Southwest Shakespeare Company in Mesa opens 25th season SanTan Sun News

Southwest Shakespeare Company in Mesa opens 25th season

October 23rd, 2018 | by SanTan Sun News
Southwest Shakespeare Company in Mesa opens 25th season
Arts
0

The Southwest Shakespeare Company’s silver-anniversary season debuts with a classic that was not written by the Bard of Avon along with one of his most-popular plays of the past 450 years.

The landmark season begins Oct. 26 at the Mesa Arts Center’s Piper Auditorium with a world-premiere production of “Frankenstein.” Southwest Shakespeare Company will produce in repertory the Mary Shelley classic and “Pericles, Prince of Tyre” through Nov. 10.

“Frankenstein,” adapted to the stage by SSC artistic director Quinn Mattfeld, was written by Shelley, then 19, in 1818.

She tells the story of the famous scientist who tried to create life.

“On the 200th anniversary of the publishing of Shelley’s gothic masterpiece, our culture is still wrestling with the moral and philosophical issues she raised in Frankenstein, the consequences of technology from artificial intelligence to the creation and destruction of life in a laboratory,” Mattfeld said. “There is, perhaps, no story that is more relevant to 2018 than that of Victor Frankenstein and his monster.”

“Frankenstein” will be directed by veteran SSC associate artistic director Patrick Walsh, the 210th play that he has directed in his career. Recently, Walsh directed “Romeo and Juliet” and “Sense and Sensibility” for SSC.

“Pericles, Prince of Tyre” by William Shakespeare is a first for SSC and a rare opportunity for Arizona audiences to see this bucket-list piece. “Pericles” is a romantic-tragicomedic romp through ancient Greece in Odyssey-style. Bad guys, good guys, gods, goddesses and, just when it couldn’t get worse, pirates all advance the story to its fantastical conclusion. Mattfeld directs this production.

Both plays will be presented at the Arts Center, 1 E Main St. in Mesa, using SSC’s innovative new Jacobean facade set piece.

The Southwest Shakespeare Company has announced special 25th anniversary season pricing with $25 general-admission tickets and $13 educator and student tickets to those 24 and younger for all shows. Premium seating is $35.

One hour before the show, enjoy refreshments and live “Green Show” entertainment on the plaza outside the Arts Center lobby, adjacent to the Piper Theater. It runs approximately 20 minutes and leads into the director/playwright orientation.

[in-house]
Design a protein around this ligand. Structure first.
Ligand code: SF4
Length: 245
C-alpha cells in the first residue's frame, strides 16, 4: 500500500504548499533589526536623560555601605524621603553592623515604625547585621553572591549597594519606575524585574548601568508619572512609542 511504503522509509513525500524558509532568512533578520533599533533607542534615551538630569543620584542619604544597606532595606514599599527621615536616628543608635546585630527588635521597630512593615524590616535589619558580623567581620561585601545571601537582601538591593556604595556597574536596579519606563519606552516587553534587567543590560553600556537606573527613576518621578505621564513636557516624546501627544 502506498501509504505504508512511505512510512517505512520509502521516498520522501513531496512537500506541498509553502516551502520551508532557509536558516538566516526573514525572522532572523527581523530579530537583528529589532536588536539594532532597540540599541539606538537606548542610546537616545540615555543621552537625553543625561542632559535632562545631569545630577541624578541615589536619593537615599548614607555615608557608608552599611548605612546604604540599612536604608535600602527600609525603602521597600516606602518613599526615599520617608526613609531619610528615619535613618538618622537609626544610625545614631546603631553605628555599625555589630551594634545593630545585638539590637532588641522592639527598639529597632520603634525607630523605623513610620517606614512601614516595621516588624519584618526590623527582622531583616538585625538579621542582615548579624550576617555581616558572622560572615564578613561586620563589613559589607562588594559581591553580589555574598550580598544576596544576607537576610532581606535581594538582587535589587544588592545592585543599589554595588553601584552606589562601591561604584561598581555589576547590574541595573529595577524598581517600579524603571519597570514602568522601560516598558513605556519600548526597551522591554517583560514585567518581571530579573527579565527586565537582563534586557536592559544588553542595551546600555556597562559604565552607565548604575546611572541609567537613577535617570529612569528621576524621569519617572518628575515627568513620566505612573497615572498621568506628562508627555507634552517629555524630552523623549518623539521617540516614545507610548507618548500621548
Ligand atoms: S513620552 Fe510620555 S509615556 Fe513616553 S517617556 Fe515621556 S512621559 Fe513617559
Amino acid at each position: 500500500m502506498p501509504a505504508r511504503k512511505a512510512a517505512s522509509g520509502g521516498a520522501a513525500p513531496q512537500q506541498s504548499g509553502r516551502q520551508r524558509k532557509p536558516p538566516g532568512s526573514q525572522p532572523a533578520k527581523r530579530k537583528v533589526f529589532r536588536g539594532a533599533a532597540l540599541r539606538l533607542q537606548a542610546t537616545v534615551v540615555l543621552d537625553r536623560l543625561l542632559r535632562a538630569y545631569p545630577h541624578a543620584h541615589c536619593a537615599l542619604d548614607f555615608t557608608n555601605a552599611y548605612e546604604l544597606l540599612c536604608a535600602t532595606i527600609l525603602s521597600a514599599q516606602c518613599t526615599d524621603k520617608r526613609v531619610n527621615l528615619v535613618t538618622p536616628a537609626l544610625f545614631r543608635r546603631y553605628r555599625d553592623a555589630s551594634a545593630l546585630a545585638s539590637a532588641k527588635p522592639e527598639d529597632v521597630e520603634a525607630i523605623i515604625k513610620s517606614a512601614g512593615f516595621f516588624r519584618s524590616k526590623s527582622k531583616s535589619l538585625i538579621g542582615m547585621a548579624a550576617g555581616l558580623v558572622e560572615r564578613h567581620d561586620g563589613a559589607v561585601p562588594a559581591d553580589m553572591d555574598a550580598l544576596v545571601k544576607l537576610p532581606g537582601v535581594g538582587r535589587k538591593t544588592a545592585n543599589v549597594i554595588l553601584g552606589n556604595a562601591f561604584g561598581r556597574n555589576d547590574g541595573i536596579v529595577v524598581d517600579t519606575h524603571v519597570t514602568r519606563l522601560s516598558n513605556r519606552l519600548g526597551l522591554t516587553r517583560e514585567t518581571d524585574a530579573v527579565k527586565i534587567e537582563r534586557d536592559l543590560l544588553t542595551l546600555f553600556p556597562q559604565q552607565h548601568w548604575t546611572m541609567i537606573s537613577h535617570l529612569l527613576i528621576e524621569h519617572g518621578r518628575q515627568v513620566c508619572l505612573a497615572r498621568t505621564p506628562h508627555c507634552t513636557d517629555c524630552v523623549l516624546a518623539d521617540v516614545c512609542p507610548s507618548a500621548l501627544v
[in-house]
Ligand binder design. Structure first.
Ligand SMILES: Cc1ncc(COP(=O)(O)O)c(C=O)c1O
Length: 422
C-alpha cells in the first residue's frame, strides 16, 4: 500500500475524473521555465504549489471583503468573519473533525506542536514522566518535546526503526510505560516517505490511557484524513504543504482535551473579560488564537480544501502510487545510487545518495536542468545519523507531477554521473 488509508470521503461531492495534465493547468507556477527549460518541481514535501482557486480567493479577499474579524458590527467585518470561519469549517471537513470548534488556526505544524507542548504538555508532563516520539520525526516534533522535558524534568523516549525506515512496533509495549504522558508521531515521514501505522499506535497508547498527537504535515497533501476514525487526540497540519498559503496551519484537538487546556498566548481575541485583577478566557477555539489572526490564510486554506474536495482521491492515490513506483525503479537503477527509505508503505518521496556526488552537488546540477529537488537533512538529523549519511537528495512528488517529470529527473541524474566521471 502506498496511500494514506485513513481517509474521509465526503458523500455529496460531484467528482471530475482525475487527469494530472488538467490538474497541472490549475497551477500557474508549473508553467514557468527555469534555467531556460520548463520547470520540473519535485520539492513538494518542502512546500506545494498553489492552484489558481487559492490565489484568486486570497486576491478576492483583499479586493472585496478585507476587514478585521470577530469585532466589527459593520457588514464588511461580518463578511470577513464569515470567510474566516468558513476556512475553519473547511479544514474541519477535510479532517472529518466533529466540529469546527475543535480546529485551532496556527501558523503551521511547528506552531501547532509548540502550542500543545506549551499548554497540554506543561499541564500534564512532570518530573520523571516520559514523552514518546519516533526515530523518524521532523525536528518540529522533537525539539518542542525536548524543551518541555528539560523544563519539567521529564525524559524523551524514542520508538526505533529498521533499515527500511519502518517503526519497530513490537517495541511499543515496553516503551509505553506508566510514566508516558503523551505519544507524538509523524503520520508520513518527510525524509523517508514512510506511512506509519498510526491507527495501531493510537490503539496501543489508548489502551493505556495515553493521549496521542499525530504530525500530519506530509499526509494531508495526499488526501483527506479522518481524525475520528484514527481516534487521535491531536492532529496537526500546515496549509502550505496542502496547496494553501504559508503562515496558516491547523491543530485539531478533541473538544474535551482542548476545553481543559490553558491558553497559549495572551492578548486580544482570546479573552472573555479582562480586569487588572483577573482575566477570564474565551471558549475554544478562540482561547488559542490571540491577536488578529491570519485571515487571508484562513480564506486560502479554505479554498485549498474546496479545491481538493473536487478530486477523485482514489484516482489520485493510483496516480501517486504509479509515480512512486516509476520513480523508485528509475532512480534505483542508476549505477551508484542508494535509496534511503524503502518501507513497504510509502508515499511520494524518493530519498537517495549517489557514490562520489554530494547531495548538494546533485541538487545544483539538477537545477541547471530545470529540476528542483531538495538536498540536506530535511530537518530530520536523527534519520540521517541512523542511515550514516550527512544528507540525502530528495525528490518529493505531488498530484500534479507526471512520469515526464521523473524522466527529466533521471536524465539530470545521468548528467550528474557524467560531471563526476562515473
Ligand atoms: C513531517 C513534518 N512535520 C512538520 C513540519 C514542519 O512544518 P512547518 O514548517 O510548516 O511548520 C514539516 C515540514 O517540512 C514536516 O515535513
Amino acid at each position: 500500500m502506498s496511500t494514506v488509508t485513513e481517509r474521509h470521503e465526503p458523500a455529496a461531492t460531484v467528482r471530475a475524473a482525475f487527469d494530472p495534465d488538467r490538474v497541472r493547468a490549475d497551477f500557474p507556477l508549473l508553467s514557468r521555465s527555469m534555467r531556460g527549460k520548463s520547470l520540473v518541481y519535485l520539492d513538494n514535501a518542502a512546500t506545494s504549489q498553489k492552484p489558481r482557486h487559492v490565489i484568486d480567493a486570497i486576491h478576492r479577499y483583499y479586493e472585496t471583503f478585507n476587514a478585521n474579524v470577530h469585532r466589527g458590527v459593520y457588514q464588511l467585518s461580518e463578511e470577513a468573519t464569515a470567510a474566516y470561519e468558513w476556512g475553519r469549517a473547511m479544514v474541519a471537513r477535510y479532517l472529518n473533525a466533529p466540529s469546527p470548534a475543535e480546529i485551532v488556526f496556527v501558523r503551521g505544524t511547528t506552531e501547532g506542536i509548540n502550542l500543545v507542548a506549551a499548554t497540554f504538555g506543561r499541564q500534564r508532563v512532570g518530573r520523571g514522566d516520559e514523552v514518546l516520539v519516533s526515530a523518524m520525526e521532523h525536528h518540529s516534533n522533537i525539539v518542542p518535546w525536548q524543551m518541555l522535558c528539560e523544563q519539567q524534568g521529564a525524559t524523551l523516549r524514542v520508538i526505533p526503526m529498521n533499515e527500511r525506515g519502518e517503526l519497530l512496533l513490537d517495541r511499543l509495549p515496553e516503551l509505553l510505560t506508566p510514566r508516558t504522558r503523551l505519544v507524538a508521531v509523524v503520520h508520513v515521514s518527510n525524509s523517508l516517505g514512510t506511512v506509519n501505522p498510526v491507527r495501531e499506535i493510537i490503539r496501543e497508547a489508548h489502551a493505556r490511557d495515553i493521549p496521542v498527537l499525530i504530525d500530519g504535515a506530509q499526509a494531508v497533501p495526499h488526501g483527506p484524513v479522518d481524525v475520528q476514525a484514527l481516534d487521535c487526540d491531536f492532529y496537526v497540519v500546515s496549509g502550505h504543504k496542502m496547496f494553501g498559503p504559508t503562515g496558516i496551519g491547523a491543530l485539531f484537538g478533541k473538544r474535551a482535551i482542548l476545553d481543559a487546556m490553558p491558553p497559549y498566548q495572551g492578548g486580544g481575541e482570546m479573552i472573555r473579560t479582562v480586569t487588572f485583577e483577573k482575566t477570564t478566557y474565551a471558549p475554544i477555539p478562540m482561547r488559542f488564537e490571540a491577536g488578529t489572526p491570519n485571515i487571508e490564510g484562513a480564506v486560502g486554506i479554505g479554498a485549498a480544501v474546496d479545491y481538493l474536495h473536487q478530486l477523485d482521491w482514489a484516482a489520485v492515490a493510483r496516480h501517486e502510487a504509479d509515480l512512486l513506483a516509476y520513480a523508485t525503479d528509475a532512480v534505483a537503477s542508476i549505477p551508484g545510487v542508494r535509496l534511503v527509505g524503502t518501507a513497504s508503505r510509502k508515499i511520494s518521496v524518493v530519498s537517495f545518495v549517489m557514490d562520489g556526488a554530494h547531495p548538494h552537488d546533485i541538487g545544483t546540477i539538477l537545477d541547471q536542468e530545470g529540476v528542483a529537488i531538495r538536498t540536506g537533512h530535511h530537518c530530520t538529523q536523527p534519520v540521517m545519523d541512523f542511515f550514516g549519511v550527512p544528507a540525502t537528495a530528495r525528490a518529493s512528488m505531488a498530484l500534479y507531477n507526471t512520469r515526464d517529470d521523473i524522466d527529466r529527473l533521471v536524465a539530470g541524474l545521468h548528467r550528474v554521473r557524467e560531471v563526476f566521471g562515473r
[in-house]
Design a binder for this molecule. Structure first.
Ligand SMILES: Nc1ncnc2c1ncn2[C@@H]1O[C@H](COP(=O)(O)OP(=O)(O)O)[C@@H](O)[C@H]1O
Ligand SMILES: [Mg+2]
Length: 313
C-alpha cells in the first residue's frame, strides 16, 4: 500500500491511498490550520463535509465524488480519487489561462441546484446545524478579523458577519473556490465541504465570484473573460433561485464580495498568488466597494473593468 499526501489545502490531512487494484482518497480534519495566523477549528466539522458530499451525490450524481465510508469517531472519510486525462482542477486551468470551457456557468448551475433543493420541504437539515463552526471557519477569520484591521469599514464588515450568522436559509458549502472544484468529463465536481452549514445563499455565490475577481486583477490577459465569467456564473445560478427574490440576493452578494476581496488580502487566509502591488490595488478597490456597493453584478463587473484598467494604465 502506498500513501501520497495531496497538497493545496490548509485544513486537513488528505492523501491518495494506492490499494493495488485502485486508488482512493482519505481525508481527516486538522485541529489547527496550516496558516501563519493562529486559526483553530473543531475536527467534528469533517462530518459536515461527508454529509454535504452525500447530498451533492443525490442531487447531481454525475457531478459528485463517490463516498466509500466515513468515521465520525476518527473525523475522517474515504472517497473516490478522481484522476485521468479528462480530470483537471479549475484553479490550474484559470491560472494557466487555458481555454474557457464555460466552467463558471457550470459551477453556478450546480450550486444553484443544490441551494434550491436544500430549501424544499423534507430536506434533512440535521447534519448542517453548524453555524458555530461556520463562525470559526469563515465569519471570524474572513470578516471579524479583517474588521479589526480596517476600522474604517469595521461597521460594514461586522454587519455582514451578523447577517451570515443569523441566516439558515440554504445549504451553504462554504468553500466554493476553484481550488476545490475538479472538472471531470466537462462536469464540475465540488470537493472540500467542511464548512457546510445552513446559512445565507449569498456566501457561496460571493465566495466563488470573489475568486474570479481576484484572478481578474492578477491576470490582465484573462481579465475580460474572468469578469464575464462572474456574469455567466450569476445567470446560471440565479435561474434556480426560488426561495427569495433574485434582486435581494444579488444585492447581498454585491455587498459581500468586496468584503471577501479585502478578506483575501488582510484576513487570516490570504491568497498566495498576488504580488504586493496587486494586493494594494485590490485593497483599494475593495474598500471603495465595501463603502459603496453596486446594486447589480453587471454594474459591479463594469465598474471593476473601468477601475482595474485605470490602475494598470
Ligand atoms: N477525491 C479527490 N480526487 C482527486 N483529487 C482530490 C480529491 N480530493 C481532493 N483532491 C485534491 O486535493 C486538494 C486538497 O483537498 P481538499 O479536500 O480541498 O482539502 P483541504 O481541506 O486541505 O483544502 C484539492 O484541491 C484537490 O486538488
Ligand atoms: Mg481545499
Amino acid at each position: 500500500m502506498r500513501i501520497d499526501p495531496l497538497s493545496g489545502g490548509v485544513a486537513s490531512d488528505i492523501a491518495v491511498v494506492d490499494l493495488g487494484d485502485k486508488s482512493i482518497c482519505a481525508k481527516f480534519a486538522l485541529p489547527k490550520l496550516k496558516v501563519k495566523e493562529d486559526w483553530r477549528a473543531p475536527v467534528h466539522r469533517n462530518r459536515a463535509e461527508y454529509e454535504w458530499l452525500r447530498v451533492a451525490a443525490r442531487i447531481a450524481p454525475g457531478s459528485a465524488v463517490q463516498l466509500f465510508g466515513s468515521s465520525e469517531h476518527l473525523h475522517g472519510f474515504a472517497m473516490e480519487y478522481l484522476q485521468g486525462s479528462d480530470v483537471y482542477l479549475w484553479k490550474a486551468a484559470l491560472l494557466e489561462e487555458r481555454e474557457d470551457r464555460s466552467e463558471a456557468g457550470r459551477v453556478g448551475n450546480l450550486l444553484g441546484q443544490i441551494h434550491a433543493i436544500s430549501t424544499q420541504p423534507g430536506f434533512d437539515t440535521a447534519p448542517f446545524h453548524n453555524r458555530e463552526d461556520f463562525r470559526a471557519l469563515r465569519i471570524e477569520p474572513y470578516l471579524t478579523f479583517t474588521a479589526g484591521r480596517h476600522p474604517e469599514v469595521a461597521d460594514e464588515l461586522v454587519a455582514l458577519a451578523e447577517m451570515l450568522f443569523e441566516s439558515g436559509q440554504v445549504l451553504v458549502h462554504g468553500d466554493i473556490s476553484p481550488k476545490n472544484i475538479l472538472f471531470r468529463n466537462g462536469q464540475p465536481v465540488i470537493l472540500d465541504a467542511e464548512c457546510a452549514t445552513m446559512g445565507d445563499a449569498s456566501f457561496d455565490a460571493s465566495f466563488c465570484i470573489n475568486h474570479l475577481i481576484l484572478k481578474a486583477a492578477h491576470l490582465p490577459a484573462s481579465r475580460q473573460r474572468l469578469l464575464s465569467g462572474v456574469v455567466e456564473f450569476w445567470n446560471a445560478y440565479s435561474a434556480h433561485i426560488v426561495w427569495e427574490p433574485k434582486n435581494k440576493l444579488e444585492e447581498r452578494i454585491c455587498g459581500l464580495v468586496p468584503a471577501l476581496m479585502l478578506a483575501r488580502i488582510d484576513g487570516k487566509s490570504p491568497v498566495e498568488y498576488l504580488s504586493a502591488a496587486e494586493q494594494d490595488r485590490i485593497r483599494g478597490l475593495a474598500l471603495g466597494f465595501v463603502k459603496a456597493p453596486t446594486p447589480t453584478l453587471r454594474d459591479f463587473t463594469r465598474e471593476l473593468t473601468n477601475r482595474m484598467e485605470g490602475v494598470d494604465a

The director orientation with SSC artistic leadership is about 10 minutes immediately following the Green Show.

For those interested in additional review of the plays, SSC offers in-depth and entertaining debriefing. Stop-Action-Shakespeare, “Pericles”, is Thursday, Nov. 1, at 7:30 in the Piper Auditorium at MAC for $10.

The Flachmann Seminar is Saturday, Nov. 3, at 9 a.m. at the Mildred Fitch Family Life Center of 1st United Methodist Church of Mesa, one block south of the MAC on the corner of Second and Center. Admission charge of $60 includes lunch and a matinee ticket. The directors and one playwright will be available for questions.

Talkbacks are Thursday and Saturday evenings (except for the Saturday, Nov. 3, matinee) and Final Friday.

Other shows by the company this season presented at the Mesa Arts Center:

“As You Like It,” Feb. 22-March 9: One of Shakespeare’s most-famous comedies.

“The Taming of the Shrew,” Feb. 22-March 9: Shakespeare’s hilarious and challenging comedy about two opposites who attract.

Southwest Shakespeare Company was founded in 1994 by educators who wanted to create a modern-day people’s theater. Inspired by Shakespeare and his contemporaries, audience members from all walks of life are encouraged to take an active role through contact with the artists.

SSC’s mission is to entertain, educate and inspire the public and educational community by exploring the intricacies of language through the vibrant and passionate performance of works of live theater.

Tickets: info@swshakespeare.org or 480-435-6868. More information: swshakespeare.org.

Comments are closed.